Finances and Football

What does the current state of the economy and West Virginia's football program have in common? If your answer is "both are collapsing" then you probably don't want to read this.

There are a number of similarities between the state of finances in the U.S. and certain aspects of WVU's football team. Both are underperforming – but for a variety of reasons, not just one. Both have been hit with a series of bad occurrences in a short period of time. Both were saddled with unrealistic expectations by people not more qualified to evaluate the situation than you are to design a plasma converter. But the biggest one, and in some ways the most harmful, is the mass hysteria that has been attendant with each. And what's odd is that it has come from two entirely different quarters.

In the case of the economy, it has been the mass media. Screaming headlines of financial crisis, predictions of Depression-era losses and conditions, and looming worldwide panic have all been staples of coverage on television, in print and on-line. Each outlet tries to outdo the next, and all pretense of any sort of perspective is lost. There is often little or no news in any of these "stories" – simply dire predictions of worsening conditions and outlandish predictions that don't have a single shred of evidence to back them up. At best, it's a sickening display of the irresponsibility of those writing, publishing and broadcasting those items. At worst, it borders on a charge of felonious rioting.

Does any of this sound or look familiar to you? It should, because it's exactly the same thing that's going on right now with the Mountaineer football program. Some poor performances, a recruiting setback and the screaming meemies are out in full force. Maybe the impending Halloween season or the current full moon is also contributing to the uproar. But, in any event, we're seeing just the same sort of activity from a small but vocal minority. In this event, however, it's fans, not media, that are the source of the over the top reactions.

Before we go any further, understand that there are certainly problems in both of the situations we're talking about here. Lending practices were way out of control, and personal financial habits in this country weren't sound. West Virginia's offense (and that includes players and coaches) isn't performing well. There are areas to be concerned about – some critical, some less so. They certainly deserve discussion, and action. But should they really be the cause for personal attacks, name calling, and unmitigated scorn and derision?

There is one difference here that should be pointed out. Some of the figures involved in the financial crisis were motivated out of personal greed. Their outlandish compensation resulted in part from a lack of empathy for those at the bottom of the lending pyramid. Those at the top didn't care that people were borrowing more than they could pay, or that their companies were becoming unstable because they were lending to people without adequate collateral at their backs. They simply did it to get rich. That's not the case with the coaches at West Virginia. Sure, they make good money – much more than most of the fans that follow the team. But they care about the players. They aren't out to tear down the program, or let it go bad. Doing so would bite the hand that feeds them – and they, unlike the CEOs and those in the financial world – probably don't have enough money saved to take care of themselves and their families for the rest of their lives. And even if that were a consideration, there just aren't many coaches that are in it for the money – at least not at this stage in their careers, as assistants. It takes a long while to work up through the ranks, where graduate assistant pay is comparable to a work-sturdy program, and with far longer hours.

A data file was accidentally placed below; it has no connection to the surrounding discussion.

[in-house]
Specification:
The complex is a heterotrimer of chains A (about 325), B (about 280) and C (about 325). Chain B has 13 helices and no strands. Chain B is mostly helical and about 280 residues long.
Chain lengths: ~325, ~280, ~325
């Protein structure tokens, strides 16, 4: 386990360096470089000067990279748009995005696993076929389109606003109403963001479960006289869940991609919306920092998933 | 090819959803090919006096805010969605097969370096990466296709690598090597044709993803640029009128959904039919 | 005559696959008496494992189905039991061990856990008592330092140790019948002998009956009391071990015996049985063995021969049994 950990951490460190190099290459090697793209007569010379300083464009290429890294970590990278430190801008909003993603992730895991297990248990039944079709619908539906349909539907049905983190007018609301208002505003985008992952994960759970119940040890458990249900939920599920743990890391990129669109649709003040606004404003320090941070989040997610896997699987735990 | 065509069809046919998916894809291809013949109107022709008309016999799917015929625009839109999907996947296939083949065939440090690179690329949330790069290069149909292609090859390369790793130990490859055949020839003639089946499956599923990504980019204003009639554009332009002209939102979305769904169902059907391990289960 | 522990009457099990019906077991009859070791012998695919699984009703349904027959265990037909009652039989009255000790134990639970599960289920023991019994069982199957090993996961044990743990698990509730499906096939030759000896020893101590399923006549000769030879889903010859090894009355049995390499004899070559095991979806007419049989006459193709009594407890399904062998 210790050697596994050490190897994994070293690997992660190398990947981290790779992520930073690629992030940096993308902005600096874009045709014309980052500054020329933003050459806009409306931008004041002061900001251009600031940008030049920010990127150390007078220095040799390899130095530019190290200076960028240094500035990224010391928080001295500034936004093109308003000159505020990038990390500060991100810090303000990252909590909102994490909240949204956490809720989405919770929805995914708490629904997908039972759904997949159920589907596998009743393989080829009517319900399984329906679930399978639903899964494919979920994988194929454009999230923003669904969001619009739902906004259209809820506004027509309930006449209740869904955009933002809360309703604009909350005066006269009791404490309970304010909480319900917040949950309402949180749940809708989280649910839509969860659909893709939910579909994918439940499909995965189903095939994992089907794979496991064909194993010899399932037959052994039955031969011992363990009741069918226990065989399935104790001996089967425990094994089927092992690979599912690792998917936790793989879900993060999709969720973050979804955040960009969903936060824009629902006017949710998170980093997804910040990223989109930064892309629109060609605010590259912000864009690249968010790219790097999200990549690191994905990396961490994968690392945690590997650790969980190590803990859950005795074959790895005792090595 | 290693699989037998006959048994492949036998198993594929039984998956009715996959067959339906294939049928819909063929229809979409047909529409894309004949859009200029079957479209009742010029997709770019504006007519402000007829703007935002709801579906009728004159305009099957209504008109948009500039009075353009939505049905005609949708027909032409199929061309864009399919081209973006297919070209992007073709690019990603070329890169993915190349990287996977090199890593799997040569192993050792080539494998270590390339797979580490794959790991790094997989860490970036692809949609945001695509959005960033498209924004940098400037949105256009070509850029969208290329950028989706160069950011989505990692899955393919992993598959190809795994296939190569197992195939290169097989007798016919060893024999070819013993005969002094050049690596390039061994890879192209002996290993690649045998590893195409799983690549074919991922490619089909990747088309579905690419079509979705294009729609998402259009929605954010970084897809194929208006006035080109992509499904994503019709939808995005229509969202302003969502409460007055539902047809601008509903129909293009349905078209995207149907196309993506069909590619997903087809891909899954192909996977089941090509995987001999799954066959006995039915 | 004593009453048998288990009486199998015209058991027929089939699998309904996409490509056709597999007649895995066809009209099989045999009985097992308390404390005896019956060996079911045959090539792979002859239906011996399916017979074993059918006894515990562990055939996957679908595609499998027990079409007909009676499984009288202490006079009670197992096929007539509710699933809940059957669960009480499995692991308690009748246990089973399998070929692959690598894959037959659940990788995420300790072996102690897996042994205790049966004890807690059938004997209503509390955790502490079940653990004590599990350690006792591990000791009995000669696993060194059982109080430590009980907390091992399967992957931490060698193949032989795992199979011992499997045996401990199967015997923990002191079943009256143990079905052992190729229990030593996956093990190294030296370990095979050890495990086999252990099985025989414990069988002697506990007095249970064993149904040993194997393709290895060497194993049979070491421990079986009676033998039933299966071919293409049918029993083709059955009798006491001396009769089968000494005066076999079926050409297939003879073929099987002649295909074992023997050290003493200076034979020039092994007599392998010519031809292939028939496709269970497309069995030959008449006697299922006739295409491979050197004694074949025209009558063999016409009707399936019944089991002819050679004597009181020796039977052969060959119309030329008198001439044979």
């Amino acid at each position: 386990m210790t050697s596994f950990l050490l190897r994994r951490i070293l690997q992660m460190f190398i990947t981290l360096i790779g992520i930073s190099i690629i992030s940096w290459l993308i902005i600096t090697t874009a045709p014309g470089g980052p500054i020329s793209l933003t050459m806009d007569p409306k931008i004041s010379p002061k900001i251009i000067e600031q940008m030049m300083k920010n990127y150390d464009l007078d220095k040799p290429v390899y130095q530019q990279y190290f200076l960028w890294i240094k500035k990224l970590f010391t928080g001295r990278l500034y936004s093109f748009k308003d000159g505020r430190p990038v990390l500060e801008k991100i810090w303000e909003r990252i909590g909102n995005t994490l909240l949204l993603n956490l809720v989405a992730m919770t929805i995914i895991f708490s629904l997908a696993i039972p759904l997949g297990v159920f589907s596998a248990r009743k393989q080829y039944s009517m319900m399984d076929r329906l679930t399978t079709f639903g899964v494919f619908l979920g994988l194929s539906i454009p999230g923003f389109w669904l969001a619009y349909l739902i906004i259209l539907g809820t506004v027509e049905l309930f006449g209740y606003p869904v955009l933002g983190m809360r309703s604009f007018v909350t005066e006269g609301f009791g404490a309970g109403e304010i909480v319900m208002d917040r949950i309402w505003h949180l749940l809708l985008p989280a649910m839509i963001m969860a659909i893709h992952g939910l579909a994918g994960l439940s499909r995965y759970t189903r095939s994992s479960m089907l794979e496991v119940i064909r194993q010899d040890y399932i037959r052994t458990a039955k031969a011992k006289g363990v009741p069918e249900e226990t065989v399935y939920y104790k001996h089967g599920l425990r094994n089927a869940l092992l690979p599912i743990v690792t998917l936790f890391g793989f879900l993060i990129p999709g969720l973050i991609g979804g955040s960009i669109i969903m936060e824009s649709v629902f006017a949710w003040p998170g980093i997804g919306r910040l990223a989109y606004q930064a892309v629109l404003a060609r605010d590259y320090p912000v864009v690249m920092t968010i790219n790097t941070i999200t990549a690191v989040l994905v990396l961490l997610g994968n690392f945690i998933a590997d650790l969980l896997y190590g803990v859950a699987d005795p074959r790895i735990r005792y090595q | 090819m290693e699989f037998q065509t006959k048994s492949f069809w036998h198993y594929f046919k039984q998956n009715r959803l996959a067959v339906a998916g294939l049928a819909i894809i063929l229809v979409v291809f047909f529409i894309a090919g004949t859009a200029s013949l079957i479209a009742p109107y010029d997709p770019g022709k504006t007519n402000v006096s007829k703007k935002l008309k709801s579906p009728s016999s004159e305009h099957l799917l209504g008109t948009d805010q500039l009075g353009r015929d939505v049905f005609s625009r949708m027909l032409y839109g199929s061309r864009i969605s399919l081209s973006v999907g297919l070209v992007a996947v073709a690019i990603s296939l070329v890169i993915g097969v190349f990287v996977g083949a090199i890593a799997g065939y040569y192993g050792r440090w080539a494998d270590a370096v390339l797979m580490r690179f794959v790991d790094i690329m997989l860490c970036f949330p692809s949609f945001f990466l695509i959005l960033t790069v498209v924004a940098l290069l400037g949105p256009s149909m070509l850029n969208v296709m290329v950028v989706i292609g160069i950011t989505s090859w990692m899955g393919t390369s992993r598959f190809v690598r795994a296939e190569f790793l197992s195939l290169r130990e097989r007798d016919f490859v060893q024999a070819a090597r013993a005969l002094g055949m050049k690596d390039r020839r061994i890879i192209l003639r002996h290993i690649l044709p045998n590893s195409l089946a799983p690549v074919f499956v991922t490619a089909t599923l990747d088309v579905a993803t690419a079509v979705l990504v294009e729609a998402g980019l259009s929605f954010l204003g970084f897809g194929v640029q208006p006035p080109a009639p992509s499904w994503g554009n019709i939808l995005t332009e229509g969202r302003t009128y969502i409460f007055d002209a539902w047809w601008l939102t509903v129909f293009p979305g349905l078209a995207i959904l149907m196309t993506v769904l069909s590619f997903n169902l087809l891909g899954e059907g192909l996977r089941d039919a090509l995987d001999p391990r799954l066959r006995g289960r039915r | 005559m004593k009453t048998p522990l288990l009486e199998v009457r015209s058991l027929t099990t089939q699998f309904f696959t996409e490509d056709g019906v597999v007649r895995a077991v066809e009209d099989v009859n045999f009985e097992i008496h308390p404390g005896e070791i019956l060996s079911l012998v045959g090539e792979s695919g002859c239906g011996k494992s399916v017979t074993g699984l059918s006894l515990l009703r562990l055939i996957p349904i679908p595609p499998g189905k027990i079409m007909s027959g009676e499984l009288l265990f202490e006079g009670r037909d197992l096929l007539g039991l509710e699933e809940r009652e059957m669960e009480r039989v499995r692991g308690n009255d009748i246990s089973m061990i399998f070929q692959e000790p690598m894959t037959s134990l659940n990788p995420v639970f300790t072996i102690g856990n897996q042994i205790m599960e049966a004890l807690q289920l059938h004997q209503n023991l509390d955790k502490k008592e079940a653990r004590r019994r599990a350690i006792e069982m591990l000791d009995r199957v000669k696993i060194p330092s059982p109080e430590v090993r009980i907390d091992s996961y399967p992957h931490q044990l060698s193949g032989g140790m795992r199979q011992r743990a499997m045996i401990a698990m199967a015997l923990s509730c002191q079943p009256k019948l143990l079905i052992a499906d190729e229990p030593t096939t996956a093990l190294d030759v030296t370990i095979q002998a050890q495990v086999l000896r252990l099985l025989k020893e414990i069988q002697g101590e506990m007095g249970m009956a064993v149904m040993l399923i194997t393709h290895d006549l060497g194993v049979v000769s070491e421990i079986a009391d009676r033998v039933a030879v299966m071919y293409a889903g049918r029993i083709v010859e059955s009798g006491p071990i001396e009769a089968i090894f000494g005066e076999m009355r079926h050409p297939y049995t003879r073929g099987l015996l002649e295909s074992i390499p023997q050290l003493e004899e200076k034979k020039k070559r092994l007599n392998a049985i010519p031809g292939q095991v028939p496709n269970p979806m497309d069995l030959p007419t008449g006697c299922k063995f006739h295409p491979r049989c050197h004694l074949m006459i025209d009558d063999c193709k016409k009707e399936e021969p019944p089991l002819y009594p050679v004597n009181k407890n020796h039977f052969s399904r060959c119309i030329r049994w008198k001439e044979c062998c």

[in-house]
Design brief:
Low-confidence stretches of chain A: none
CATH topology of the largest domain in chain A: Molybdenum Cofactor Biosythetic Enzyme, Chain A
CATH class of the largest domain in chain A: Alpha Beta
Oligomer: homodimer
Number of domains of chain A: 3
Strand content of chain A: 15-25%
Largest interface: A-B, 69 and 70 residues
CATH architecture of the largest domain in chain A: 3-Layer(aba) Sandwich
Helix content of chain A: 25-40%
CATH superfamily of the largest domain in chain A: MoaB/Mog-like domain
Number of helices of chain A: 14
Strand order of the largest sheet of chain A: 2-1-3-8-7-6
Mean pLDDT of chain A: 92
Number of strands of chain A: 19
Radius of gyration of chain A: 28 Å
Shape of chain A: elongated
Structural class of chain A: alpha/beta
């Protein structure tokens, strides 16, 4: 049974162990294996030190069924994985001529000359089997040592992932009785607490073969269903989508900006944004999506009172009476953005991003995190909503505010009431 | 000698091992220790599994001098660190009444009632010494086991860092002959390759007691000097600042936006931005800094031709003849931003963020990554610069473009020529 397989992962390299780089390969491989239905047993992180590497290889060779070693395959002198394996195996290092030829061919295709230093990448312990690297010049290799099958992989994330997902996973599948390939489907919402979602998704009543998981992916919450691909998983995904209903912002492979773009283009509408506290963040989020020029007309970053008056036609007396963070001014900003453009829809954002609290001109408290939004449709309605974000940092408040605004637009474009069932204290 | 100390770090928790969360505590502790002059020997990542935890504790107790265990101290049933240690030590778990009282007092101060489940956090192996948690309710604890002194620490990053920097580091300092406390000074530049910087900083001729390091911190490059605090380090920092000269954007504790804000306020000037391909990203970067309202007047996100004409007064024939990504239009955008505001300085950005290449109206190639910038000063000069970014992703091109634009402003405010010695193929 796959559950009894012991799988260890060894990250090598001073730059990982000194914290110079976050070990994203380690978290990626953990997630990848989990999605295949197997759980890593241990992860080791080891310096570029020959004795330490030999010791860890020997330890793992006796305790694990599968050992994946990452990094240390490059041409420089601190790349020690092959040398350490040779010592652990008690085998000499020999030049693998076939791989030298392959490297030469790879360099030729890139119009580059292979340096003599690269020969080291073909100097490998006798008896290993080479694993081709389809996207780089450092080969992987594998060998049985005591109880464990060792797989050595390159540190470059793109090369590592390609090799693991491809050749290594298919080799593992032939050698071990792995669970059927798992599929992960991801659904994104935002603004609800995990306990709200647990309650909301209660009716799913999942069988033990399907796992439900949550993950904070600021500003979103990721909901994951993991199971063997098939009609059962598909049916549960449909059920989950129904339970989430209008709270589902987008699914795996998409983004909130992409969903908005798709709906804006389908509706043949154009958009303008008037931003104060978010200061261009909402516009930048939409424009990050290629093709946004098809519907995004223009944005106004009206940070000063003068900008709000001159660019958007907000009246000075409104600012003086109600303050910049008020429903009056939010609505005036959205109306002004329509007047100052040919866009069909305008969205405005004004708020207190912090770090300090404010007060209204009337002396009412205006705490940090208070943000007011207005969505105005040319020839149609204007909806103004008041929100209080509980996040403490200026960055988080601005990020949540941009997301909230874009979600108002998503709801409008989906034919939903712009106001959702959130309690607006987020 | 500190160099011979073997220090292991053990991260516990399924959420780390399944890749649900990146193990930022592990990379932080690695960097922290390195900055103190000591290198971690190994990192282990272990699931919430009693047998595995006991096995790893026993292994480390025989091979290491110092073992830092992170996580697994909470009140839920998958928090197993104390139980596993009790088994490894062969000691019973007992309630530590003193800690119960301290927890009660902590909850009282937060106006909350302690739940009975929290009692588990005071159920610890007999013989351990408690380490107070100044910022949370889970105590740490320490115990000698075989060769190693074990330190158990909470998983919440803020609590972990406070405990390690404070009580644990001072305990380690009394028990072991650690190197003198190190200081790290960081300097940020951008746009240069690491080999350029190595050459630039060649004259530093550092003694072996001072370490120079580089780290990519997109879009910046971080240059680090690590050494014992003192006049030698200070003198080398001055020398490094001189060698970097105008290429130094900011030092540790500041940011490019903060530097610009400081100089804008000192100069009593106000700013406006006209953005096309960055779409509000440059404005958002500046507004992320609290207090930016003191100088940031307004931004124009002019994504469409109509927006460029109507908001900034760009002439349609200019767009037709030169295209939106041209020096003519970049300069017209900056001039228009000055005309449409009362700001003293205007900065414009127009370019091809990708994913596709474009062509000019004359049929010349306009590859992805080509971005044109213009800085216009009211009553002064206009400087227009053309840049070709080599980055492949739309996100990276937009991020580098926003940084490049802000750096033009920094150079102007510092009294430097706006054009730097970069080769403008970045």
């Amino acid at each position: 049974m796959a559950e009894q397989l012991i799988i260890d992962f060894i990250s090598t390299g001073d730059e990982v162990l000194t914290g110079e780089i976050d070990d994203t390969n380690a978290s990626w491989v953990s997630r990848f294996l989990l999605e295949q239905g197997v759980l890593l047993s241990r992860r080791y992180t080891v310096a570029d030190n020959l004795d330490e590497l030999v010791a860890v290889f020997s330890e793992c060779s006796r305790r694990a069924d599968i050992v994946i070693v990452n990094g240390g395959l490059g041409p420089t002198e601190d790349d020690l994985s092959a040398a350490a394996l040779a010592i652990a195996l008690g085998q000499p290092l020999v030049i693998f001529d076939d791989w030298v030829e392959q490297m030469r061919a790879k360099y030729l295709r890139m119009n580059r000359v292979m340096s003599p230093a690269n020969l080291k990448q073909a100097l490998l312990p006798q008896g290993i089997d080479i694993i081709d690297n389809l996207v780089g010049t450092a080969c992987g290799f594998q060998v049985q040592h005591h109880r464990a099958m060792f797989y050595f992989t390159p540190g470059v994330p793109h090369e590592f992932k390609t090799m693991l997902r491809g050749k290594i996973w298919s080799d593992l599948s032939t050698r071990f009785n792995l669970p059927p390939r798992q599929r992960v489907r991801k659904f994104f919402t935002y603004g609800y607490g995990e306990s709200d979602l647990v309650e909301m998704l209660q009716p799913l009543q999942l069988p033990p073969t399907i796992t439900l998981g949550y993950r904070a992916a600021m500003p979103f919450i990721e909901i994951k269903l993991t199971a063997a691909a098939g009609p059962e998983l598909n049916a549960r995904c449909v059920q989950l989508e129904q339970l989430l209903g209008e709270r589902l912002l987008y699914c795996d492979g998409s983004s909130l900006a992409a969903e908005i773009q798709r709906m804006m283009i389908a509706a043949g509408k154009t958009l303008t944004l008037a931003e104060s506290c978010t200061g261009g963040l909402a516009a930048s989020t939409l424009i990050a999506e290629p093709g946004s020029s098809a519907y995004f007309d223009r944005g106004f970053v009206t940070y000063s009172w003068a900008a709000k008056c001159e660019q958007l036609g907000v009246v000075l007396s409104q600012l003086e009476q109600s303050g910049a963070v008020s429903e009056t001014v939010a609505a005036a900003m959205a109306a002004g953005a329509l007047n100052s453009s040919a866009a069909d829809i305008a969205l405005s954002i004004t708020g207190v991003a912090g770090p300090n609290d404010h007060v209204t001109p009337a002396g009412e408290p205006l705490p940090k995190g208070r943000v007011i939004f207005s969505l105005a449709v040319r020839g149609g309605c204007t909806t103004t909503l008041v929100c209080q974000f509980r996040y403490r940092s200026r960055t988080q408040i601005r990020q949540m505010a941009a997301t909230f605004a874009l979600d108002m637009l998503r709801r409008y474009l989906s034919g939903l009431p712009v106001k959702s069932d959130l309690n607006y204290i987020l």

Just as there are many explanations for the reasons in the decline in productivity of WVU's offense, so too are there for the outpouring of naked anger from those who feel entitled to attack on message boards, talk shows, blogs and the like. Some use sports as a vent for frustrations in their own lives. Some believe they could do better, given the chance. (And maybe a few could –who knows?) But in the end their reactions, like the media's in the financial situation, serve no good. And that's the final, key similarity.

All of the hysterical outpourings, whether over subprime lending or the wide receiver screen, don't do any good. Do they do any harm? In some cases, yes. In many, perhaps not. But why, especially from people who purportedly want their team to succeed, would so much hate pour? Sure, there's a place to discuss the disjointed nature of WVU's offensive attack. But to let it devolve to the levels in which we've seen it the past couple of weeks – well, count me among those who say that I just don't see any positives to it.

Will the situation get better? Sorry, but there's no way to predict. Maybe the fit of the current coaching staff at WVU can be improved. Or perhaps it never will, and changes will have to be made. But in the end, it should be a dispassionate reckoning of the facts, not outlandish calls for firings and changes, which should make that determination.


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